According to the Centers for Disease Control (CDC) and a three-month investigation by CBS News, 80 percent of patients diagnosed with the flu did not actually have it. What they did have was one of some 200 different respiratory infections with symptoms similar to the flu. Subtracting 80 percent of flu-like illnesses from 1000 leaves only 200 cases of genuine flu deaths.
Now let's zero in on those 200 flu deaths.
The 200 fatalities include both the seasonal flu and the SF. CBS's investigative report found that serological testing identified only 10 percent of flu cases as SF, the other 90 percent had different types of seasonal flues. That shaves the 200 down to 20 cases of SF confirmed not by symptoms but by blood tests.
We see that the 1000 SF deaths are in reality just 20. Now let's examine those 20.
The first confirmed SF death occurred April 30. From that date to October 31 is 185 days. During this period there were 20 laboratory confirmed SF deaths. Let's compare those 20 deaths with other causes of death that occurred during this same time frame.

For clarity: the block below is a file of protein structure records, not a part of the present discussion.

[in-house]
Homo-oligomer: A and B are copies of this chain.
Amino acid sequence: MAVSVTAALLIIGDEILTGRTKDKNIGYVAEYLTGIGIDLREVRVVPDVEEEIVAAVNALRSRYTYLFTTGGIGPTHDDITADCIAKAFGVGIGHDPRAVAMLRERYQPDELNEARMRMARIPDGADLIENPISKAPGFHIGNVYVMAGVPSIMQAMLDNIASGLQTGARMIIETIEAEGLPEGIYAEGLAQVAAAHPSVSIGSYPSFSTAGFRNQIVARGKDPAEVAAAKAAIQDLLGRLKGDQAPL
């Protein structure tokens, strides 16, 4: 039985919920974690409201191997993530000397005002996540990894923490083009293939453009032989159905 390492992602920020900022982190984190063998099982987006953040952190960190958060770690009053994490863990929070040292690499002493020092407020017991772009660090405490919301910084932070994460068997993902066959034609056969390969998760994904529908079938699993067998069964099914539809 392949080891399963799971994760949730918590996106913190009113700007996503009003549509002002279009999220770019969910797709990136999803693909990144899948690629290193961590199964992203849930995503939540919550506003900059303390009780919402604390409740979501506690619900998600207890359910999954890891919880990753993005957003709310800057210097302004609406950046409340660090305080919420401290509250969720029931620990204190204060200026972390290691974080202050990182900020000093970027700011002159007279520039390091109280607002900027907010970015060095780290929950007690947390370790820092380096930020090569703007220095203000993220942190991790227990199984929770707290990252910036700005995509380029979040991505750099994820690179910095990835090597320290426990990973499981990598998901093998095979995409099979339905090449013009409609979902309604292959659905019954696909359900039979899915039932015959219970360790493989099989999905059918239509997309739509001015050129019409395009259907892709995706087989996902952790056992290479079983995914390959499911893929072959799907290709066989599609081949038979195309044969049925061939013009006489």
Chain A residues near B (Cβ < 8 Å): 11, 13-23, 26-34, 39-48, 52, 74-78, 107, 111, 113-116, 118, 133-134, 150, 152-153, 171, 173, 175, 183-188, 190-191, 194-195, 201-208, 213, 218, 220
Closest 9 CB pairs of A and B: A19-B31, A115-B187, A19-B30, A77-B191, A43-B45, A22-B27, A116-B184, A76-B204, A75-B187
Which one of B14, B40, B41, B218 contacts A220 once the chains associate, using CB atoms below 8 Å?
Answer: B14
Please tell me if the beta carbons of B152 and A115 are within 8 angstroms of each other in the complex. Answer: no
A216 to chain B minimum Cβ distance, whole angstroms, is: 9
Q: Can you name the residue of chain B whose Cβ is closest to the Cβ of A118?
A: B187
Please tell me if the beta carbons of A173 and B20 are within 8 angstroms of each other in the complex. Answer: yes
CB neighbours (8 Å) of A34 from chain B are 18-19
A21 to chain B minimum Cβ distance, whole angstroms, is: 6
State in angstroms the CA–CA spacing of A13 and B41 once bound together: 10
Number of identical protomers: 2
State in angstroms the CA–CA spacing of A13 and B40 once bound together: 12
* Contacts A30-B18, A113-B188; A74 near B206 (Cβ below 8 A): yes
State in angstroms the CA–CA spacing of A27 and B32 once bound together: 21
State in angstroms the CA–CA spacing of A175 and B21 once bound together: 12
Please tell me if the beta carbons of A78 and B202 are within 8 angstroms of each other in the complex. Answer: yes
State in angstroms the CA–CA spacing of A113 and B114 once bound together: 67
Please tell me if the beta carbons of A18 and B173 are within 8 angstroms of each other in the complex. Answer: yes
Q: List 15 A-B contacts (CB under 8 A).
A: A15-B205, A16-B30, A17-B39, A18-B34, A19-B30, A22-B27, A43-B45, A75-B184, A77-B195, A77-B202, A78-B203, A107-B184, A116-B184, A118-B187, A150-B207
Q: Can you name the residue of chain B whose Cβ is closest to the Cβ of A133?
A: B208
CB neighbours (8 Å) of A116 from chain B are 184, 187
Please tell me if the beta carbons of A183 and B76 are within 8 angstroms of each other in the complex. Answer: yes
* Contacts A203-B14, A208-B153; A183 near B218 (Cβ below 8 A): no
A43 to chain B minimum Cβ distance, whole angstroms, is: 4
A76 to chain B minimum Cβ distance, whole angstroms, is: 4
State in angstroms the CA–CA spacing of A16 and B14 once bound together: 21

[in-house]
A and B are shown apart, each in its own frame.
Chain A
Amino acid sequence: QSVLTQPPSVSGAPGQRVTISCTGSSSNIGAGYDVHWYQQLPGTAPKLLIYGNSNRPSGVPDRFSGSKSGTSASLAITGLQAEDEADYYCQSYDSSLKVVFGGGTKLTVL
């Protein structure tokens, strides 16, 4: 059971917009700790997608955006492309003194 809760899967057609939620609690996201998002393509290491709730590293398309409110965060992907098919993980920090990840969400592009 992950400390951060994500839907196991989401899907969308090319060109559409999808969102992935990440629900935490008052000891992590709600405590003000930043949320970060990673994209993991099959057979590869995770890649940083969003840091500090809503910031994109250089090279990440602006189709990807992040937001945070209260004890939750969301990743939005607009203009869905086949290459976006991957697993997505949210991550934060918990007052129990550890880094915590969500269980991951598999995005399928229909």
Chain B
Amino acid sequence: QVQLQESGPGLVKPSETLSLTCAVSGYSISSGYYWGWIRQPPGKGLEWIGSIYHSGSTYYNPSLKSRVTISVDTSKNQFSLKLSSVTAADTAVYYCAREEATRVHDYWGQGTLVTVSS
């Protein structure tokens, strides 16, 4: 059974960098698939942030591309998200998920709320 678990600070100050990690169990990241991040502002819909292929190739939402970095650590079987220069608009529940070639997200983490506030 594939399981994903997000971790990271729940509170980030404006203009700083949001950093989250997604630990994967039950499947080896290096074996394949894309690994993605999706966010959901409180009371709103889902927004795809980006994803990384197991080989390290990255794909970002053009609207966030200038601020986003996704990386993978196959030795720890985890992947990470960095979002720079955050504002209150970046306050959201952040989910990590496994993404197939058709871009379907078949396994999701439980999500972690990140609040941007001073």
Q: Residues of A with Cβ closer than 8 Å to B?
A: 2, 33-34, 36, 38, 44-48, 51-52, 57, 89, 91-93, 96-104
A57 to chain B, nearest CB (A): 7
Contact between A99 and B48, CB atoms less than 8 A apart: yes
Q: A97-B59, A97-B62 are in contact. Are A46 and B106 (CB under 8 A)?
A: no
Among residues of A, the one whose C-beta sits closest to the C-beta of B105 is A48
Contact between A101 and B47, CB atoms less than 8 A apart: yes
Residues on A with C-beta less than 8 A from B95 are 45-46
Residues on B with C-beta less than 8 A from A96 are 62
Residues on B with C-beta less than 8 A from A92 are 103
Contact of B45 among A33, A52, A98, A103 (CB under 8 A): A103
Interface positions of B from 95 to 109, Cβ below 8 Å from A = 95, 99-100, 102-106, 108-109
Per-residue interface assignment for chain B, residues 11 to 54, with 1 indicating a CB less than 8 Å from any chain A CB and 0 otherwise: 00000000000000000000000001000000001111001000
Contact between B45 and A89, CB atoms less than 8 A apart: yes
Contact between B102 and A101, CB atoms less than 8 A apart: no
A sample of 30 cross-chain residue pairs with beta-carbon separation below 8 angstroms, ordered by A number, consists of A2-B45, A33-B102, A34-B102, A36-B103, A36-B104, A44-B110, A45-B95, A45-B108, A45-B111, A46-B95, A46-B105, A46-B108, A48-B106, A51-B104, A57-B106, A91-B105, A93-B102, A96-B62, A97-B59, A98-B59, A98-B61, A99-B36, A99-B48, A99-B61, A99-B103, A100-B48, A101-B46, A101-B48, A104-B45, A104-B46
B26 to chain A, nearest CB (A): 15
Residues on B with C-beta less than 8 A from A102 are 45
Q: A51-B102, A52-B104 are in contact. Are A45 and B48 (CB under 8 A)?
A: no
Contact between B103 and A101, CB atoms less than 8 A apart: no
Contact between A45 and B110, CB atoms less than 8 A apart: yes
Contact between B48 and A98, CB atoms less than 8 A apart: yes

In the time it took the SF death toll to reach 20, there were 1.2 million deaths in the U.S. These deaths include 320,000 who died from heart attacks, 284,000 from cancer, 37,000 from diabetes; and there were 9,700 murders. Do the math; your chances of being murdered are 485 times greater than dying from the SF.
Putting a finer edge on it, during this 185-day span, 46 people were killed by lightning. The odds that you will be killed by lightning are twice that of succumbing from the SF.
According to the CDC, SF infections have peaked; the “pandemic” is subsiding. But suppose you still want to get the shot. All right, let's do a risk-benefit analysis.
All vaccinations have associated risks. Common side effects are mild and “apparently” transitory. Uncommon side effects are severe. The 1976 SF vaccine caused 500 cases of Guillain-Barre Syndrome. This disease may cause temporary or permanent paralysis, or death. The vaccine was withdrawn after only ten weeks.
On the other hand, the benefit of a SF vaccination is an article of faith. During the years when the vaccine did not match the SF virus, there were no corresponding increases in illnesses. Further, there has never been a double-blind study to test the efficacy of the SF vaccine. No one can say with scientific certainty that it works.
But if you still want the shot, you will probably pay twice. Once as your share of the $7 billion given by the government to the vaccine consortium and again when you pay $25 to $35 for the vaccine that health care professionals were given without charge.